Effect of eucalyptus proximity and weed presence on soybean grown in a CFI system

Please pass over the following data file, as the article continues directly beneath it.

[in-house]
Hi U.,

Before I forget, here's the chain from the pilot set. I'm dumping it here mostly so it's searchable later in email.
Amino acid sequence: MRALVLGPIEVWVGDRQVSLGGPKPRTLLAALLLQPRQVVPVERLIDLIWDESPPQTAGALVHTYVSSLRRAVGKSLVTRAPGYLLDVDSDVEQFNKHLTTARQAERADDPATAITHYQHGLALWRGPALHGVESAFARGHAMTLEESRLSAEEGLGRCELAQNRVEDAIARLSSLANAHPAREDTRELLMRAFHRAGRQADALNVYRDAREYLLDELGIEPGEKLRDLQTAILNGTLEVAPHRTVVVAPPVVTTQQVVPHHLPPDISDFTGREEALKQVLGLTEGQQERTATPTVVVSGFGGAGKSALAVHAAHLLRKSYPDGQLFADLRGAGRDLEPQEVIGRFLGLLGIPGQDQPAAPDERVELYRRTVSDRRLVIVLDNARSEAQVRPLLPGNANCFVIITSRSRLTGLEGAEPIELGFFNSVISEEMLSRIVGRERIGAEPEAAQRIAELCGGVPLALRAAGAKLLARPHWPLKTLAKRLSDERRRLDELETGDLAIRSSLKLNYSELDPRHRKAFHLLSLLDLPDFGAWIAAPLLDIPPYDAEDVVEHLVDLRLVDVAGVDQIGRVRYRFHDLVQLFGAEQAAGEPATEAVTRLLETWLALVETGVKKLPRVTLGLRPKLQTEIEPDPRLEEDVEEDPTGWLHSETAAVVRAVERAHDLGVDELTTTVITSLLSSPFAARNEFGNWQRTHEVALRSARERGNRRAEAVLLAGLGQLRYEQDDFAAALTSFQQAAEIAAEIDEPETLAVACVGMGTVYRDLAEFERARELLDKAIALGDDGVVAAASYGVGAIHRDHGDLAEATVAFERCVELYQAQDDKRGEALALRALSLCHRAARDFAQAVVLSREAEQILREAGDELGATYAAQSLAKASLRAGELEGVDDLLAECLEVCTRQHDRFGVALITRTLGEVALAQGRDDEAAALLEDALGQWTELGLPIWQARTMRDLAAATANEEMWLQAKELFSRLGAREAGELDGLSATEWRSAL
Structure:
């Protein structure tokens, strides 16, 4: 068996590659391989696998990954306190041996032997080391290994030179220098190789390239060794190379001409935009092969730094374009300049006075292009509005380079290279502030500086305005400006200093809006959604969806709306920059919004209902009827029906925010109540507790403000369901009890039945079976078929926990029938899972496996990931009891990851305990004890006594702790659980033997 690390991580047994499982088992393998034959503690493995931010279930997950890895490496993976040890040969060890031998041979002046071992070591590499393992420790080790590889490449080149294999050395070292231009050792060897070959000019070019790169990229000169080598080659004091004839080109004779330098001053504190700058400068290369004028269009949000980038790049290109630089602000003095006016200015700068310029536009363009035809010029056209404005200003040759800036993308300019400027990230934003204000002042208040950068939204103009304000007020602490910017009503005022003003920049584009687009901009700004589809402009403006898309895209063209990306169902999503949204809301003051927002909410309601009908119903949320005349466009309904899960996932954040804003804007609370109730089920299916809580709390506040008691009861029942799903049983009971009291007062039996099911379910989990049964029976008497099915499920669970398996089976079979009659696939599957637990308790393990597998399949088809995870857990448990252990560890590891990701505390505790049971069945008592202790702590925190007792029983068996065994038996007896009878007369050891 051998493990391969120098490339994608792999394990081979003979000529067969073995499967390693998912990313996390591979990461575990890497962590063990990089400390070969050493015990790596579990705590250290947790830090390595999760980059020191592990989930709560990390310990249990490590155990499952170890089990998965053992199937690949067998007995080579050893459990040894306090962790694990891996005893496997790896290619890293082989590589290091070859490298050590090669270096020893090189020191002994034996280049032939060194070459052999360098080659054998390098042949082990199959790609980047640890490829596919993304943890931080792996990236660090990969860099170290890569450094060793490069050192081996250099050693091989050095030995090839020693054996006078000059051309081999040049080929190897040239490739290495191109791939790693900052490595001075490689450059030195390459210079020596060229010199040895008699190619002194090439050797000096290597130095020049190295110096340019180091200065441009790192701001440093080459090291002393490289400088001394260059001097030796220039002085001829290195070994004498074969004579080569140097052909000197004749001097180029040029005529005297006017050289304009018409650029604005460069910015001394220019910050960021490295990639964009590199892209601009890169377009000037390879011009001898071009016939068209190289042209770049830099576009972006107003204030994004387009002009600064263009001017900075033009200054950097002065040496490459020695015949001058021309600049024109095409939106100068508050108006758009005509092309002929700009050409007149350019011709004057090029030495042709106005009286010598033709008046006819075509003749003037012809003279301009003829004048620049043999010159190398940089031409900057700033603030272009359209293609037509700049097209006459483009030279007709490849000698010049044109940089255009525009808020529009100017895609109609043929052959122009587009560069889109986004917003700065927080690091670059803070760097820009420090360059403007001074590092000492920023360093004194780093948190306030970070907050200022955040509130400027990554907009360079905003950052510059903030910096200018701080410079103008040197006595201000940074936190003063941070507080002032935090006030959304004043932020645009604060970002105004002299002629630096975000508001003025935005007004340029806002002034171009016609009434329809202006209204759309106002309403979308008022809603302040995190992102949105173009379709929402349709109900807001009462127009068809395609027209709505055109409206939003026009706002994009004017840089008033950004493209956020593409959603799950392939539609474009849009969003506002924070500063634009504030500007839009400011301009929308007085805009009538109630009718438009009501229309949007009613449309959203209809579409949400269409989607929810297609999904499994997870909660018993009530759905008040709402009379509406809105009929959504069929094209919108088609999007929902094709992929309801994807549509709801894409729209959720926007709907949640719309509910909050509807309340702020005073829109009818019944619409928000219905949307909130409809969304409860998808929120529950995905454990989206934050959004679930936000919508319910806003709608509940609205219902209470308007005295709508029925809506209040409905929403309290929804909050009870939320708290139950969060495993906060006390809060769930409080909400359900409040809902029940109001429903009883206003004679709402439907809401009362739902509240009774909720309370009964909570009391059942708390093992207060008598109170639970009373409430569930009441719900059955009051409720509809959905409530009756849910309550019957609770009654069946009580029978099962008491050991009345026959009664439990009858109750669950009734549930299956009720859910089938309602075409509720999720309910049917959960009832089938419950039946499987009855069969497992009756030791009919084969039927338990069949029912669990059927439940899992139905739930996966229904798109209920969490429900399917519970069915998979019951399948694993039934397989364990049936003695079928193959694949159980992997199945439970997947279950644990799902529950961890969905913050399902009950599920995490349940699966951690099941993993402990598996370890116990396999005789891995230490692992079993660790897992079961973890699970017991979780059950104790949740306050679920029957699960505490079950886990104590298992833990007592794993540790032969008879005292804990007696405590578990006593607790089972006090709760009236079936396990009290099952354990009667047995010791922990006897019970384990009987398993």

The growing demand for food, bioenergy, and forest products requires solutions that encourage socioeconomic development without compromising the sustainability of natural resources. It is in this scenario that the integration strategy has been pointed as an alternative to reconcile conflicts of interest. This study evaluates possible changes in nodulation, photosynthetic efficiency, and yield of soybean grown in a Crop-Forest Integration system with eucalyptus as a tree component. The experiment was conducted in a randomized complete block design with four replications. Treatments were arranged in a 3x5 factorial scheme, corresponding to three sowing conditions (near eucalyptus stands; 3.0 meters away from the stands, in a clean seedbed; and 3.0 m away from the stands, among the vegetation) and five points of distance between soybean and the stands, represented by planting rows, namely: 1st, 2nd, 3rd, 11th, and 21st row. We evaluated morphophysiological and productive variables of soybean plants. Soybean cultivation near eucalyptus stands does not affect the number and dry matter of soybean nodules, but reduces yield in the first two rows. The presence of weeds in the range between eucalyptus stands and soybean plants impaired the photochemical apparatus and the chlorophyll α fluorescence of soybean crop, decreasing the shoot dry matter accumulation, number and dry matter of nodules, and yield of plants present in the first planting rows.
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